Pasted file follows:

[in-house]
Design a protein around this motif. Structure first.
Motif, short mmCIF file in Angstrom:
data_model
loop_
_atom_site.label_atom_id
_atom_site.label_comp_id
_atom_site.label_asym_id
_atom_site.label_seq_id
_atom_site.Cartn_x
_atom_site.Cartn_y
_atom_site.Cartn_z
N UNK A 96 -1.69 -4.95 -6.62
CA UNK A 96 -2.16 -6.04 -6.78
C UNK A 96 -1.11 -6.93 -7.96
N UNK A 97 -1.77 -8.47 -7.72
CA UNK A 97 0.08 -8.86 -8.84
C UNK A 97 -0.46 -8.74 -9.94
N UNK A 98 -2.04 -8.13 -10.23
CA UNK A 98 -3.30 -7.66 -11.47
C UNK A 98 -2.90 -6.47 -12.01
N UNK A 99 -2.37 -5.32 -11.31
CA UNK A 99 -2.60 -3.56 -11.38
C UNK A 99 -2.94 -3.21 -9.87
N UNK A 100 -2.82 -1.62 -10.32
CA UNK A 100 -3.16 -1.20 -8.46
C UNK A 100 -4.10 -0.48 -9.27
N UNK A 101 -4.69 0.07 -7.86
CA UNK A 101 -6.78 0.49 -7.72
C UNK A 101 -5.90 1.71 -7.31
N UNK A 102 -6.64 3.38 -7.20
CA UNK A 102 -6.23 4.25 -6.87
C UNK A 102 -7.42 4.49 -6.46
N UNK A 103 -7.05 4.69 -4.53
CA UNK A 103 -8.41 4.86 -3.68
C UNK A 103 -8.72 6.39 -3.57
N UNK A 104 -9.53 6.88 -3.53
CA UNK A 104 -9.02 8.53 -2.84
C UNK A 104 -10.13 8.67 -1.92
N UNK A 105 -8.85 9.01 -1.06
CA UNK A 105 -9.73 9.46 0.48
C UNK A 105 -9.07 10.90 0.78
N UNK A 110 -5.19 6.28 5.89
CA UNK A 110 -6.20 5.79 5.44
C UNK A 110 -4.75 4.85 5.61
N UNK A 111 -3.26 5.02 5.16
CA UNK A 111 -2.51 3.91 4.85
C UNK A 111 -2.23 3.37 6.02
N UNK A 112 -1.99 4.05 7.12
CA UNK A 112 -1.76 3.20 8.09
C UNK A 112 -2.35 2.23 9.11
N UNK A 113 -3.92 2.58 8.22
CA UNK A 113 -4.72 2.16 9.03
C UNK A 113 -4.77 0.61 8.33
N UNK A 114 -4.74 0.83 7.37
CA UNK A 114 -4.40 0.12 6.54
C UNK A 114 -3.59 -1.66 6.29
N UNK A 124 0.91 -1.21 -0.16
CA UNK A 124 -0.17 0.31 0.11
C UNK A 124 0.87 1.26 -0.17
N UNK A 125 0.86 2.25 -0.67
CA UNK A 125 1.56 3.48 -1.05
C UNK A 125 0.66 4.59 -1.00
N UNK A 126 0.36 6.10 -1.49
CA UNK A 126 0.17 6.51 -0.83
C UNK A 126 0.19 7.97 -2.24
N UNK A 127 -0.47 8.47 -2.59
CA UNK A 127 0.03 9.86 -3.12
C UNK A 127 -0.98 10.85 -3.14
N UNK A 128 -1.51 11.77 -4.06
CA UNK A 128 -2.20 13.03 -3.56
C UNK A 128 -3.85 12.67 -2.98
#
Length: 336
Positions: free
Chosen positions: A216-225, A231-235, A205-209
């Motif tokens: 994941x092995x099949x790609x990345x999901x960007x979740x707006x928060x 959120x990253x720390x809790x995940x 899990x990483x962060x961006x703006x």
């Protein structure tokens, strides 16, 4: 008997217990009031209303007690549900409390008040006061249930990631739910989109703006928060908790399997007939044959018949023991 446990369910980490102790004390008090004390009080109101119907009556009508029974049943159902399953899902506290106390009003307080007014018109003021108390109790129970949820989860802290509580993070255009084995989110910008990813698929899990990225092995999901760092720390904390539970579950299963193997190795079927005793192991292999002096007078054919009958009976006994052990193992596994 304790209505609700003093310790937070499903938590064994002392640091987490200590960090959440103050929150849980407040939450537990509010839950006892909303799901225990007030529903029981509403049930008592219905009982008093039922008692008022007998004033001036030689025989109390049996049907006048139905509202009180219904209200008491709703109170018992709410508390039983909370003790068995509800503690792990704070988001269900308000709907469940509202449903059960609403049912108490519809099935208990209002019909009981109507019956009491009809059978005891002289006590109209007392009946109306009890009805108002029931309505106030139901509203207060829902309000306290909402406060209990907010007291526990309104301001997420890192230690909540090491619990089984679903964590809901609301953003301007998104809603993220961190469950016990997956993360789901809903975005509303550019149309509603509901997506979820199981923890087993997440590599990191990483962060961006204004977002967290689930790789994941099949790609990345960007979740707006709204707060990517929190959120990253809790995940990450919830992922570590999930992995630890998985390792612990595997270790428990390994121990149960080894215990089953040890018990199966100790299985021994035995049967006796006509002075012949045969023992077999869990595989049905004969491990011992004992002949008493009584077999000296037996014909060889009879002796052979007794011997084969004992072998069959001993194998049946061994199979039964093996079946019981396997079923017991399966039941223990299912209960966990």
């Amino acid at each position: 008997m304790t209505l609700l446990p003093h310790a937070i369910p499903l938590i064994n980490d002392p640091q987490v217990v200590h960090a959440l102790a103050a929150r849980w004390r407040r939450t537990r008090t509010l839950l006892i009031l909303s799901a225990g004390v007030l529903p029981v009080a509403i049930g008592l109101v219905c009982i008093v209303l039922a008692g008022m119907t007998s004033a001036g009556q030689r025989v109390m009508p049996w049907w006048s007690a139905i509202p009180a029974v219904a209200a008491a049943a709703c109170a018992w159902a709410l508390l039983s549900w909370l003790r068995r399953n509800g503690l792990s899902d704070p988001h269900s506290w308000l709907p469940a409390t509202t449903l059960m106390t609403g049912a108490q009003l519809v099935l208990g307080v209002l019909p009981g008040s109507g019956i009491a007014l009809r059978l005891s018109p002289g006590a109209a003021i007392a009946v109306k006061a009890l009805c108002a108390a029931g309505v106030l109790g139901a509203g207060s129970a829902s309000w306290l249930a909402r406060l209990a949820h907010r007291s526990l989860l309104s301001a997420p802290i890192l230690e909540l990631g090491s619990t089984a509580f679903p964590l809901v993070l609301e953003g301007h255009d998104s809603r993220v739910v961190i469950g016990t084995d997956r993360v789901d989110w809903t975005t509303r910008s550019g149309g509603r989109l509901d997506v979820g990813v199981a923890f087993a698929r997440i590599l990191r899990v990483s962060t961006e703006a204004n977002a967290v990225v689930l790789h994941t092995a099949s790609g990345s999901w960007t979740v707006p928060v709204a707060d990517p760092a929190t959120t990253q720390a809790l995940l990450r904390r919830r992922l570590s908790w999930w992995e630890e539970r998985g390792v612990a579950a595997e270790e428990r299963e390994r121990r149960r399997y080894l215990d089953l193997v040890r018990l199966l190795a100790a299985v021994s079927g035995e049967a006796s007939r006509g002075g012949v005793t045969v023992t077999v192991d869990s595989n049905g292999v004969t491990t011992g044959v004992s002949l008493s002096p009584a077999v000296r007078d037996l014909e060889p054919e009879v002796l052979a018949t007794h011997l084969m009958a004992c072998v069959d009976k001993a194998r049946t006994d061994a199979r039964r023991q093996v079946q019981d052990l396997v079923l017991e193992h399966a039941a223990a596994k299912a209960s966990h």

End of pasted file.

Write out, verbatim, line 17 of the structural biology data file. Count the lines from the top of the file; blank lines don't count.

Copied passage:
CA UNK A 97 0.08 -8.86 -8.84